2. Mark the second strap by starting at the other bottom corner opposite the first strap and draw another line about 1/2" in from the bottom edge and going horizontal across the bottom and turn up the side edge, inside the first strap line by about another 1/2" stopping at the top of the vertical and inside the corner of the first strap.
  3. Punch a hole at the end point of the line. This will help prevent the final cuts from tearing any further and/or from allowing the straps to tear off.
  4. Cut the first strap line first and then the second to free up the straps from the edges of the apron.

Now you have a leather apron you didn't have to do any sewing to make.

Wear it wherever aprons will help protect your outer-wear and you from mess or pain!

Step 5: Some Tips & Mods

The following are tips to making the apron right the first time and modifications that you might like better.

The Tips:

  • Use pencil to draw you lines, it erases or covers up easier with dying.
  • Draw on the back for the same reason
  • Don't punch the strap holes until you stop cutting the straps about an inch before you get to the end of the cut. Then punch the holes where you want the line to end and finish the last inch by ending the cut at the punched holes.
  • If you have enough leather, make some test straps to see how wide or narrow you can make them before you mark the final straps. This could save you from wasting leather by accidentally tearing off weak straps.
  • If you didn't do the previous tip (the test straps) and you have the mentioned problem, you can cut another strap(s) from the apron. Just make them wider this time! The apron will be narrower but at least you won't waste it. (Also, sewing the torn straps would always be an option, if you don't mind sewing on your No-Sew Leather Apron.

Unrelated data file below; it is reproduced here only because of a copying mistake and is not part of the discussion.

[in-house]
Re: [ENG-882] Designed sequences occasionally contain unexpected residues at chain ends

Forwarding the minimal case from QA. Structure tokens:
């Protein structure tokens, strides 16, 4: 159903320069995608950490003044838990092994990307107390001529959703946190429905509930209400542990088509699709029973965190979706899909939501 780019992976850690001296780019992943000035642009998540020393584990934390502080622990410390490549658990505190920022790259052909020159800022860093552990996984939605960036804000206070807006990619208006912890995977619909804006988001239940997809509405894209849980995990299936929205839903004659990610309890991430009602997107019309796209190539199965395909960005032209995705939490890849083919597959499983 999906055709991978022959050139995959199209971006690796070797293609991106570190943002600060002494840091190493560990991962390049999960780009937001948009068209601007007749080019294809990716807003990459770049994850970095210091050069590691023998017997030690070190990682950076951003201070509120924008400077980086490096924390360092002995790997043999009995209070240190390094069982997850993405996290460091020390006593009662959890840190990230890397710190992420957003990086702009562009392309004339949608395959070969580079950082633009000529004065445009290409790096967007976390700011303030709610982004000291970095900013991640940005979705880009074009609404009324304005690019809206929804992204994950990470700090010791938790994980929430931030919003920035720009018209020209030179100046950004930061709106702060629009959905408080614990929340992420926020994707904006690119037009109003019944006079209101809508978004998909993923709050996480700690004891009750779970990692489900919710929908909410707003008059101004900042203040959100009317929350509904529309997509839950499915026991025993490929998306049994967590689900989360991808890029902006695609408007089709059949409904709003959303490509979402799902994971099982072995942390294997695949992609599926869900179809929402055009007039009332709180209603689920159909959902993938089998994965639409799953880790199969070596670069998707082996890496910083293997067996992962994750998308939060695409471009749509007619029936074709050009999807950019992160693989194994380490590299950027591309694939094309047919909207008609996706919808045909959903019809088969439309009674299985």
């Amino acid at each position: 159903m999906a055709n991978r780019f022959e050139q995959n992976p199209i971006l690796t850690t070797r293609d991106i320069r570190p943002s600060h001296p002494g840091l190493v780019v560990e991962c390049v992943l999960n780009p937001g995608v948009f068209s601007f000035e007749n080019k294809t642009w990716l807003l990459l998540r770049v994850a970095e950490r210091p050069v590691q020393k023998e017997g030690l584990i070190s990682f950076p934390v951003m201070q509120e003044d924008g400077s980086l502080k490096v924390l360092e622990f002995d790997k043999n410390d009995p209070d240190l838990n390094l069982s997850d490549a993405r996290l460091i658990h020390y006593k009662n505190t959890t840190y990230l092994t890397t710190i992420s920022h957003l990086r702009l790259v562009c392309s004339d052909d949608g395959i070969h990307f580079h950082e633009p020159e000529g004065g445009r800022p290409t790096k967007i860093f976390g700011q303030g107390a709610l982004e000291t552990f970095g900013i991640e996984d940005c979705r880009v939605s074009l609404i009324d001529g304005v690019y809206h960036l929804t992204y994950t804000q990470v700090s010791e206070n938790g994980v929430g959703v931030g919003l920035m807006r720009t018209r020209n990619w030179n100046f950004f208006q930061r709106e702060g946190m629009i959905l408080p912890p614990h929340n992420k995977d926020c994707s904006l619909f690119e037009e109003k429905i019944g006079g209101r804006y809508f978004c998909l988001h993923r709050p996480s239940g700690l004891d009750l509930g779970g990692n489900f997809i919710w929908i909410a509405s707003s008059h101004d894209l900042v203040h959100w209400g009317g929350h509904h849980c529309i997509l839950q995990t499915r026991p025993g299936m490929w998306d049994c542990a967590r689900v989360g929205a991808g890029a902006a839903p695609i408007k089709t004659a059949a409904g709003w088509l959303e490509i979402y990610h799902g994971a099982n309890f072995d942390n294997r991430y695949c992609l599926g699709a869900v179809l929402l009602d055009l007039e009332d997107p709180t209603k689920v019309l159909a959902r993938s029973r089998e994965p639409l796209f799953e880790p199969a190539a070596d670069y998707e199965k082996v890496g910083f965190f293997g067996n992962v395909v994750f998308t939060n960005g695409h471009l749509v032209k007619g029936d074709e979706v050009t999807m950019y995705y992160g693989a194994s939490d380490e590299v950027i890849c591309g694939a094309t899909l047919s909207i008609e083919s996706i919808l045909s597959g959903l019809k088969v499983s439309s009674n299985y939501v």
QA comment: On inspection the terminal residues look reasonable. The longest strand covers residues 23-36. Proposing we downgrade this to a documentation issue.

The Mods:

  • Strap widths can vary according to the thickness of the leather. A wider strap will be stronger but less flexible.
  • Instead of cutting out the straps, if you have an eyelet tool and eyelets available, you can use two (2) of those at the top corners to make a place to insert string ties.
  • Or you could make it a non-No Sew Leather Apron and sew on straps for a nicer look and a longer lasting apron.
  • You can dye the leather any color you prefer. Nicer cuts of leather will dye and/or age better.
  • This instructable is about making an apron that will last a reasonable time, but not have a long life without many repairs to keep giving it life, but if you use nicer cuts it will last longer than if you use cheaper cuts.

Websites that each provide good advice and a guide about leather types and cuts:

Step 6: Update: Duh! a Better & Easier Strap Pattern

I feel like "Duh! I should of thought of this first!" This strap pattern is so obviously better, straight forward, more symmetrical, etc. (See the drawing above.)

The process is still the same, so I'm leaving the original Instructable intact. I'm just suggesting drawing and cutting the straps this way would be easier and all-around better. Instead of the first strap going across the top and down the side, have it go down the side and across the bottom. Then have the second strap go down the other side and across the bottom (inside where the first strap is/was.)


If anyone, like me has all ready cut the first strap, the apron can still be changed to this new style without any serious problem. It's just that you'll lose 1/2" in the width and length, so I think I'll wait to make the change if, in the future, a strap brakes causing a new strap to need to be re-cut or attached.

Full Spectrum Laser Contest 2016

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Full Spectrum Laser Contest 2016